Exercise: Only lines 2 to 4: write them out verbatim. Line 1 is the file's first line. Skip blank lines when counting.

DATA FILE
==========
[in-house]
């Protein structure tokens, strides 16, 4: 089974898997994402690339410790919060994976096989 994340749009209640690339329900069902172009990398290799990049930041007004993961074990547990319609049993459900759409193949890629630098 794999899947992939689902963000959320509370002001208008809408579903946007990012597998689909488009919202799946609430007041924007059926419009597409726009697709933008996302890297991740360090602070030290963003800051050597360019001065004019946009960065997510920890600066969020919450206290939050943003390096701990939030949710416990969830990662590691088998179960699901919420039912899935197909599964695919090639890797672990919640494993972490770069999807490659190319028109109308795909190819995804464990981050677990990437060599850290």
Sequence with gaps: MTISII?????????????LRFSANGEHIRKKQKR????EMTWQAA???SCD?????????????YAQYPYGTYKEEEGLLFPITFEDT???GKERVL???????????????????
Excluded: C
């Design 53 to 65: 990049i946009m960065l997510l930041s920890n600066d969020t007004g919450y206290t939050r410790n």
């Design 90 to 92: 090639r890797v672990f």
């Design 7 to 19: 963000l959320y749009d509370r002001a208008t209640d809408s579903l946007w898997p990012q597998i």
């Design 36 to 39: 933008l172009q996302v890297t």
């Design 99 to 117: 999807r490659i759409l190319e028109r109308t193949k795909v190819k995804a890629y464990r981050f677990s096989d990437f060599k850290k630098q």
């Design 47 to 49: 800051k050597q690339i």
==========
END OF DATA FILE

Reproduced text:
């Protein structure tokens, strides 16, 4: 089974898997994402690339410790919060994976096989 994340749009209640690339329900069902172009990398290799990049930041007004993961074990547990319609049993459900759409193949890629630098 794999899947992939689902963000959320509370002001208008809408579903946007990012597998689909488009919202799946609430007041924007059926419009597409726009697709933008996302890297991740360090602070030290963003800051050597360019001065004019946009960065997510920890600066969020919450206290939050943003390096701990939030949710416990969830990662590691088998179960699901919420039912899935197909599964695919090639890797672990919640494993972490770069999807490659190319028109109308795909190819995804464990981050677990990437060599850290």
Sequence with gaps: MTISII?????????????LRFSANGEHIRKKQKR????EMTWQAA???SCD?????????????YAQYPYGTYKEEEGLLFPITFEDT???GKERVL???????????????????
Excluded: C